One thing that often surprises me about firearms instructors is how much we take for granted. This little business of a “safe direction,” for example. We often teach our students to chant the rule (“Always keep the gun pointed in a safe direction,” as the NRA puts it) … without defining what a safe direction really is.
For those who don’t already know this, a safe direction is
- somewhere that, if shot, would cause only minimal, acceptable property damage; and
- somewhere that you can absolutely, positively guarantee the bullet won’t keep going after it lands there.
That’s a rather dry definition, but it covers the bases well enough. Unfortunately, many students need these concepts fleshed out a bit more. When presenting this idea, I like to ask my students, “Okay, that’s the basic idea. Everyone, right now, point to the safest direction in this classroom.” Some point without hesitation, and of those, many get it wrong. Others dither, or sit on their hands looking perplexed. That provides us with an excellent opportunity to discuss things that do, or do not, stop bullets.
Unless built of brick or stone, interior and exterior walls do not reliably stop bullets. Bullets zip right through sheetrock and paneling. Insulation barely slows them down. Windows simply shatter. Exterior siding rarely stops them. This means you cannot simply point at an apparently-solid wall and call it a “safe direction.” Yet many people do just that, instinctively thinking of a wall as something that would be safe to point the gun at, so we need to make sure our students understand these factors very clearly.
But what does that leave us with? Are we completely unable to handle our firearms as long as we are inside a building? Not quite, but it’s important to understand what we’re doing and why.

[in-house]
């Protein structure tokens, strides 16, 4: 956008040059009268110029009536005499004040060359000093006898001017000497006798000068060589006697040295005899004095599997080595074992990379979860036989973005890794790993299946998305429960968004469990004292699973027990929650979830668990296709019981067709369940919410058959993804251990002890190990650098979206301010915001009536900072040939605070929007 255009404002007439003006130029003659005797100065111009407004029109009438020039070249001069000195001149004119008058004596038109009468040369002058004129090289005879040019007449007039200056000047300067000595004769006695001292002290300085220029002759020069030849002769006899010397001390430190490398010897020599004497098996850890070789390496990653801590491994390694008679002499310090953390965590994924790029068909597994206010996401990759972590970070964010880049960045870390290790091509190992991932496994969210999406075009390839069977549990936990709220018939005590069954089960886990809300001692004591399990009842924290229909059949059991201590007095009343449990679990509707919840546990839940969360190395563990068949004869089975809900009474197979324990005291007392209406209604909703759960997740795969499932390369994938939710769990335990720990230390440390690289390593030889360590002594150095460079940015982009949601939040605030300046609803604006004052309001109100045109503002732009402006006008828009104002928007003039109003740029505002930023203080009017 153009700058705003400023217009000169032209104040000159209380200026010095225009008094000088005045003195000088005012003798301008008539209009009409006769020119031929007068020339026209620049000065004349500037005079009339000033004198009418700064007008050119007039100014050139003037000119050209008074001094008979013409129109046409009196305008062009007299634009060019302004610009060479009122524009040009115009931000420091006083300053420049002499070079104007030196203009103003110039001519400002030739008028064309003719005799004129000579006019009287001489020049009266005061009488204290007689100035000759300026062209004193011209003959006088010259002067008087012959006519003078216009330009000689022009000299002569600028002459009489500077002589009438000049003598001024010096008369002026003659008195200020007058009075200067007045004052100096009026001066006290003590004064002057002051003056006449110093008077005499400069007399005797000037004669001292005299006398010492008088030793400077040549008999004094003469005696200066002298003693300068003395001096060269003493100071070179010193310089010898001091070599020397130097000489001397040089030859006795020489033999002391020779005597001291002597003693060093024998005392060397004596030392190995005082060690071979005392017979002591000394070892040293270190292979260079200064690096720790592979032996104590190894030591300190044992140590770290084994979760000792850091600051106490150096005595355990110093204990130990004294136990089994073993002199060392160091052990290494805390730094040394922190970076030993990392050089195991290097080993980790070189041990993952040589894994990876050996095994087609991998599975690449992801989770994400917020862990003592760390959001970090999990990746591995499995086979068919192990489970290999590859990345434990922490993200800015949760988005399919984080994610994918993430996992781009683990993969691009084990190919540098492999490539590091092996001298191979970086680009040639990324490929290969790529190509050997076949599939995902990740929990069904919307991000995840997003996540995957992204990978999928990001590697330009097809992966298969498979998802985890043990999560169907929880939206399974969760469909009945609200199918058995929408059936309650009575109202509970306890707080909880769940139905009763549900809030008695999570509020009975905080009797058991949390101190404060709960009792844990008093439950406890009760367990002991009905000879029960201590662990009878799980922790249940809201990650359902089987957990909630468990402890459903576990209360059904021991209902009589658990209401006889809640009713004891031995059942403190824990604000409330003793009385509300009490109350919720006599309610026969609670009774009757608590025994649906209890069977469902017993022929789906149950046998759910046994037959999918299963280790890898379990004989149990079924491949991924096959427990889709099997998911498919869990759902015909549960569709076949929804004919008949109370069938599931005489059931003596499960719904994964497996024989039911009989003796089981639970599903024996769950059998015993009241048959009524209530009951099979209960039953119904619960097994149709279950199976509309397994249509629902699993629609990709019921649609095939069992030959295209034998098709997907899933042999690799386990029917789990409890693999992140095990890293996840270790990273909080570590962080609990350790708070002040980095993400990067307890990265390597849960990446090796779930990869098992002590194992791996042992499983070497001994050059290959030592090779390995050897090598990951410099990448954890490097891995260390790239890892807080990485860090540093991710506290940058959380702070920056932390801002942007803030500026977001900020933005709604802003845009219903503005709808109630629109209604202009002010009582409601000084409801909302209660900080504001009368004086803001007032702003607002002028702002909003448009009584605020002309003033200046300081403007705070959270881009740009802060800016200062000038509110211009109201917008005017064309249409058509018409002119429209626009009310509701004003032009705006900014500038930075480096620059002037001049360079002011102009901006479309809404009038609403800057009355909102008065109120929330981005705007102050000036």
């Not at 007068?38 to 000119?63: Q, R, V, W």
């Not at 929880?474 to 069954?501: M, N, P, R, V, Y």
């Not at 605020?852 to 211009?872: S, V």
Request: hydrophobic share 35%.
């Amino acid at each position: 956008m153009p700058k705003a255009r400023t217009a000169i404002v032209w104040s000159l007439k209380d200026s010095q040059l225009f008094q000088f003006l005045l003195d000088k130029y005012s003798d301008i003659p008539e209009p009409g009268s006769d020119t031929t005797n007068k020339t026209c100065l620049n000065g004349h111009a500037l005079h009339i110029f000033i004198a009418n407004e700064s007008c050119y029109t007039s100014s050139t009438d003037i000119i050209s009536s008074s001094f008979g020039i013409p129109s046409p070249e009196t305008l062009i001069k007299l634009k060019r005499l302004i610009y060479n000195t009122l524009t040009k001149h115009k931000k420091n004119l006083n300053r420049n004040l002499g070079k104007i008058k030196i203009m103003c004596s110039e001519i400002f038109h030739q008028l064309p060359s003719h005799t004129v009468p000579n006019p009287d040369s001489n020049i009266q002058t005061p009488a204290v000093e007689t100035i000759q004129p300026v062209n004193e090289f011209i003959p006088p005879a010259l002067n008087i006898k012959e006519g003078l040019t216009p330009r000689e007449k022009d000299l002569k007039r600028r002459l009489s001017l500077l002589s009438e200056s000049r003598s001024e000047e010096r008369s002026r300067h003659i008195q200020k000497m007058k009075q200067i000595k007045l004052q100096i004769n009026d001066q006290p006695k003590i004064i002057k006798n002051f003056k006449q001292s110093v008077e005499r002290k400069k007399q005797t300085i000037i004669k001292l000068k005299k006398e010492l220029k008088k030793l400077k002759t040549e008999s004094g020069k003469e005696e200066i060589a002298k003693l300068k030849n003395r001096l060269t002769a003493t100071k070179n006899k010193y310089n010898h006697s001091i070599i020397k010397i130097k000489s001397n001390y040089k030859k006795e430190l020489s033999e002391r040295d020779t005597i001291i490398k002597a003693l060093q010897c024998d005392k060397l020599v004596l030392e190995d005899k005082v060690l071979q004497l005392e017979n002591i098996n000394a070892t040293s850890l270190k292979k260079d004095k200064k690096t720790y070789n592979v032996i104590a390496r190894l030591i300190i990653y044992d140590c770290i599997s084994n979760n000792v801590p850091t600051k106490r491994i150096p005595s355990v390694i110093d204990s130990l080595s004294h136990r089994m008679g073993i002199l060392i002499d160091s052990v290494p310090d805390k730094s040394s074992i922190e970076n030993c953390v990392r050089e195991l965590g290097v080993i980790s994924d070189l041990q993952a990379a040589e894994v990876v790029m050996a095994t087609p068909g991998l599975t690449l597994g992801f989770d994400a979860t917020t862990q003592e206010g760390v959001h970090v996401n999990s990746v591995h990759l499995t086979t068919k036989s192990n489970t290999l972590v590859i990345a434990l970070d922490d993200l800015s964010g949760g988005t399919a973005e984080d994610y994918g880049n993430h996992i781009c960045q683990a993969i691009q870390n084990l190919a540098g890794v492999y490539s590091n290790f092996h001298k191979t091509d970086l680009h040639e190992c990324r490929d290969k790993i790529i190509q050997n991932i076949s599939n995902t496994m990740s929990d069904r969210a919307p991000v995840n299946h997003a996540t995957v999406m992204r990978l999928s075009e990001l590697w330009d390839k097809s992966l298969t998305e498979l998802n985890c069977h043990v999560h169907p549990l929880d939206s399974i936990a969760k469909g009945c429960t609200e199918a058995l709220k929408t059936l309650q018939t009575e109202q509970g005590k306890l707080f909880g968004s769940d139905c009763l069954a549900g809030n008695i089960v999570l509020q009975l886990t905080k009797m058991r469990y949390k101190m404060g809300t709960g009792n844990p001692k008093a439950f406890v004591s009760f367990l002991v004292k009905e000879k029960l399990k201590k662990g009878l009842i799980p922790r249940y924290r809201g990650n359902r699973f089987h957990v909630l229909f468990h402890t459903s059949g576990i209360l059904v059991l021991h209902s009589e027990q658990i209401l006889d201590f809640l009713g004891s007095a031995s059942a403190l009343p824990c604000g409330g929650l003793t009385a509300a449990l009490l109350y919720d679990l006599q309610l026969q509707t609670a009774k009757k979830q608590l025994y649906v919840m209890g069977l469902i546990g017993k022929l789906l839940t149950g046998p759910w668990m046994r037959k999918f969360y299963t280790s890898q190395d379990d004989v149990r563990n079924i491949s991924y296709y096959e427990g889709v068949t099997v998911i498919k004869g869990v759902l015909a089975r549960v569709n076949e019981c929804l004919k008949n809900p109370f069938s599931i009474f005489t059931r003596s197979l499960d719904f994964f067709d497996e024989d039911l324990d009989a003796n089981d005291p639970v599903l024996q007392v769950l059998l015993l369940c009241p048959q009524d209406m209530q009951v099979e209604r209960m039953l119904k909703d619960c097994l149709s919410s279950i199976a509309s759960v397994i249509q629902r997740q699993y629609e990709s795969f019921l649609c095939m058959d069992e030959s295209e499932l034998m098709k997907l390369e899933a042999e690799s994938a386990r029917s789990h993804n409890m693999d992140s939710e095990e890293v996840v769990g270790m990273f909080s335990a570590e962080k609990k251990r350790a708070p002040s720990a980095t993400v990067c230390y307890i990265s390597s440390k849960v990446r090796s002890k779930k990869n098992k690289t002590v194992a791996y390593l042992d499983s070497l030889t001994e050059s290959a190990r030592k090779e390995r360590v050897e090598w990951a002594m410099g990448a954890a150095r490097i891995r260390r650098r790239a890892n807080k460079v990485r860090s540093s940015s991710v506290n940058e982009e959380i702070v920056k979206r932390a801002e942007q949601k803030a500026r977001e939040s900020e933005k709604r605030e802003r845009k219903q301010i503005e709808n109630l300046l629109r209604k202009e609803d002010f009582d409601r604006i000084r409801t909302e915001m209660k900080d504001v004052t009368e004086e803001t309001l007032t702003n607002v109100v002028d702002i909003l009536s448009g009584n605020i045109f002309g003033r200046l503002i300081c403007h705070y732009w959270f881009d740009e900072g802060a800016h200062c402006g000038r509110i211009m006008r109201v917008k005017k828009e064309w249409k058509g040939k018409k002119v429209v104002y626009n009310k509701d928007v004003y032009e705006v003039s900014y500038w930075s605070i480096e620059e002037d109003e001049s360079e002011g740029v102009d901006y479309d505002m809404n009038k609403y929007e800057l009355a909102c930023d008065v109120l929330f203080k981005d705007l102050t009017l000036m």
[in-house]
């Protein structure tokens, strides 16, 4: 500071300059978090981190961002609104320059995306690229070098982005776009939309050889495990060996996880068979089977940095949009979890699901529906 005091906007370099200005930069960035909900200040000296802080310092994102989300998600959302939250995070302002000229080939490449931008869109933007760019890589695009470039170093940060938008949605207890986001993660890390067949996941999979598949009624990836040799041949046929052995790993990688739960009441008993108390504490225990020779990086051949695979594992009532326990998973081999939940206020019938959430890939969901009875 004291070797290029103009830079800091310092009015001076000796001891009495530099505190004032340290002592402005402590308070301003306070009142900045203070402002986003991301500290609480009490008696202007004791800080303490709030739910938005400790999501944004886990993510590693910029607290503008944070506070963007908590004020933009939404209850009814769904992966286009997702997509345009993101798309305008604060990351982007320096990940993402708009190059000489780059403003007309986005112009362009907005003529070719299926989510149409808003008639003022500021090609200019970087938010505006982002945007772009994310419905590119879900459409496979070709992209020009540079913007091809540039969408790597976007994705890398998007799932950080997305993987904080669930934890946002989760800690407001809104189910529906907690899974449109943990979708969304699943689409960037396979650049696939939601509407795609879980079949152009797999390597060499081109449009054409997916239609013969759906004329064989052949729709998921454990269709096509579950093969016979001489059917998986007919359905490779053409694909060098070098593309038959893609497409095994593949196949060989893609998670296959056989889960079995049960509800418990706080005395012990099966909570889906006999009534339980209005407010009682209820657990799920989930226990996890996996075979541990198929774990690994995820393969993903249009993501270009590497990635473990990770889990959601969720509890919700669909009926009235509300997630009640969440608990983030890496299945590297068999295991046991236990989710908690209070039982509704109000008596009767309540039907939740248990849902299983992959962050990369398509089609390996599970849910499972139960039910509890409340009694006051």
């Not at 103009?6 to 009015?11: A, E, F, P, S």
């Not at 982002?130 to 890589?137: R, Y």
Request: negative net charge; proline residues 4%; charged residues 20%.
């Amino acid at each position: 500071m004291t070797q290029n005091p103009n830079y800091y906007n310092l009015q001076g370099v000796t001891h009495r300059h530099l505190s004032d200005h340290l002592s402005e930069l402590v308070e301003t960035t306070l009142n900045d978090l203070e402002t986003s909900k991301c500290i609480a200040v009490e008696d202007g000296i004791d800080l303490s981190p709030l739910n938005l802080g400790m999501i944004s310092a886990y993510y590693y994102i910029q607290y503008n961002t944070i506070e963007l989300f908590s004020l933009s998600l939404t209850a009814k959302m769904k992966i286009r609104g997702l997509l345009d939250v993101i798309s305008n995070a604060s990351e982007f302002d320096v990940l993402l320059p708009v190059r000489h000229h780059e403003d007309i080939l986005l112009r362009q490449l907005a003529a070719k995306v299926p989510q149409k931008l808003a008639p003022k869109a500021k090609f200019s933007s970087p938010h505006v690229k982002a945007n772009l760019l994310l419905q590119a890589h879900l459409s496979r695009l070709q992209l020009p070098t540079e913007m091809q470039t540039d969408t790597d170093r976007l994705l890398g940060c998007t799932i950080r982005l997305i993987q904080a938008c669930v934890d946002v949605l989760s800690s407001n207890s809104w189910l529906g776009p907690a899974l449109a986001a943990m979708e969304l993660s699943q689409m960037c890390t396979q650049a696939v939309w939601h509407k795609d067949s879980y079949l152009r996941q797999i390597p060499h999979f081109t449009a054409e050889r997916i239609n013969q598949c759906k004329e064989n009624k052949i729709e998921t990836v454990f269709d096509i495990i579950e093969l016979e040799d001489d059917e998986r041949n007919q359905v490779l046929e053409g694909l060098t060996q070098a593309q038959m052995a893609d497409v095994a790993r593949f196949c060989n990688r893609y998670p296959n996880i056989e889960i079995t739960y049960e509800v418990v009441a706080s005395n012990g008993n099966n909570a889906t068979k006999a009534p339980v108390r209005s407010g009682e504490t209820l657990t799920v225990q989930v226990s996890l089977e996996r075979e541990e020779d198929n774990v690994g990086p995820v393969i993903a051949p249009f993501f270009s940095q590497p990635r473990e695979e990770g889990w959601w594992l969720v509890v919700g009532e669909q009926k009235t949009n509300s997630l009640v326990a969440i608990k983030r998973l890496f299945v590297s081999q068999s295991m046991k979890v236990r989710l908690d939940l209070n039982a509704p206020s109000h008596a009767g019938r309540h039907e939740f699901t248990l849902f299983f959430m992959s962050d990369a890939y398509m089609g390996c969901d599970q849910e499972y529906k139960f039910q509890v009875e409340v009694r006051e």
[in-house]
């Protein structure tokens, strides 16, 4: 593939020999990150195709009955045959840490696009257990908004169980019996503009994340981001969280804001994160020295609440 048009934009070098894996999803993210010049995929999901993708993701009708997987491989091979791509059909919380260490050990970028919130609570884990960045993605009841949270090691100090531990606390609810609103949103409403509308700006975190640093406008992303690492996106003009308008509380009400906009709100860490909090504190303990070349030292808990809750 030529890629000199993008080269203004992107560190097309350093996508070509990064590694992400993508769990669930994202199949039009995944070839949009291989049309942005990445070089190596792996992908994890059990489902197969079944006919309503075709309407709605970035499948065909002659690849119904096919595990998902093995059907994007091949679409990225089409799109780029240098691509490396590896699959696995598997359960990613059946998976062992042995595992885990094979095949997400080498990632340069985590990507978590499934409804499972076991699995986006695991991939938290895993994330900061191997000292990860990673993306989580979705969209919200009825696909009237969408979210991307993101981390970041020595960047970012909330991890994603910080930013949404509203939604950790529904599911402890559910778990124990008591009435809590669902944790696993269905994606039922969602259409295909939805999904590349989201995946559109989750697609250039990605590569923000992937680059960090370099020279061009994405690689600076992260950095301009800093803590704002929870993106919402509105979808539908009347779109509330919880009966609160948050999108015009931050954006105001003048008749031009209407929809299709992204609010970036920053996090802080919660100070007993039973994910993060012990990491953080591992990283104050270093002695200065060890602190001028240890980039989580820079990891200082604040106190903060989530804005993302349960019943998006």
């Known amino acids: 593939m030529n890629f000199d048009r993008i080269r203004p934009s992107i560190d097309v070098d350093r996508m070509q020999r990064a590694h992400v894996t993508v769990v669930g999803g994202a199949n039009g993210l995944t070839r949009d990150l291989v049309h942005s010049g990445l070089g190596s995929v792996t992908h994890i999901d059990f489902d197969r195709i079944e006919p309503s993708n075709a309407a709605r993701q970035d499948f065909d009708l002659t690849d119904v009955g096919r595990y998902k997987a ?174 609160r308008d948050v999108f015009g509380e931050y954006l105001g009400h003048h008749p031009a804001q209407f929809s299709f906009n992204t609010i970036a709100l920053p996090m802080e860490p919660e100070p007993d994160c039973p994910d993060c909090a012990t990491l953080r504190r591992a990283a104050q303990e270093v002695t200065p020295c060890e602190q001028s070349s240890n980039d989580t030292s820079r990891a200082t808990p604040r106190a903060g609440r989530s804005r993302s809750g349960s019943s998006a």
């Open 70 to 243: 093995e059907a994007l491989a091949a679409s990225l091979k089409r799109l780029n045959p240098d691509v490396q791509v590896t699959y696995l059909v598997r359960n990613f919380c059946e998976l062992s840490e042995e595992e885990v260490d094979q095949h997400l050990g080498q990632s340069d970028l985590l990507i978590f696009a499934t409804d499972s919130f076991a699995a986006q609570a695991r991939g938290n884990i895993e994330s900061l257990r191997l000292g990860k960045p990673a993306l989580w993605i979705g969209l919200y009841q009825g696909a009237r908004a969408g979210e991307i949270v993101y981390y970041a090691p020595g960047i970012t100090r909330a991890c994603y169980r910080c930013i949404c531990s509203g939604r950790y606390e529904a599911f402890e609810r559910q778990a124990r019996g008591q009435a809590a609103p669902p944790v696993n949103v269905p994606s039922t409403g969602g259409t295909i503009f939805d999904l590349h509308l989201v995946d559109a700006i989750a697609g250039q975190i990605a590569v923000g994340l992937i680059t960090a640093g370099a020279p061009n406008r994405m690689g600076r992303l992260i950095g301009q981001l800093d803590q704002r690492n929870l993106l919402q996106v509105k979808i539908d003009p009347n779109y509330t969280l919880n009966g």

Of course, in your own home you can and should make a safe backstop that you can trust. But it’s a little different when traveling. When you’re on the road, you have to be a little more thoughtful and creative. (Unless you choose to travel with a — recommended! — Safe Direction ballistic containment product of your own.)
On the ground floor of a building, you can usually point the gun at the floor without too much risk. This does not work if you have a basement level underneath you, and of course it does not work if you’re standing on the second floor. Keep in mind, however, that a discharge straight into the floor may send a ricochet straight back up. You’re much safer with the gun pointed at a downward angle of 45 degrees or so — say two feet in front of you — than you are with it pointed straight down.
Some people want to point the gun at the ceiling. This is a very bad idea if you’re on the ground floor of a multi-story building, and almost as bad if you’re on the top level with nothing above you but roof. Roofs and second-story floors do not stop bullets any more reliably than walls do. A certain number of people are killed by falling bullets every year. 1
So what’s the solution? What if you’re in a hotel room, on the second or third floor of a multi-story building, surrounded by other rooms that almost certainly have people in them? Is there a safe direction? How can you safely handle your firearm if you must?
If you have a need to handle your firearm in an environment like that, here’s my advice: visualize yanking all the sheet rock off the walls, so you’re looking at just the bare skeleton of the building around you. You can see 2×4’s every few feet along all the walls. Those might stop bullets, but there’s no way to know exactly where they are with the sheet rock and paint in place.
However, still looking at the skeleton of the building, you know that major support beams always come together along the floor at the outer corners of the room. You don’t have to see through walls to know where the outer corners of the room are, or to spot the location where both walls come together and meet the floor. So your safe(r) direction in that environment would be the corner of the floor of the room along an outside wall. Since support beams come together where the corners of the room come together, the corner of the floor on an outside wall is your best bet for hitting a support beam instead of a blank stretch of sheet rock. That makes it your safest direction in that environment.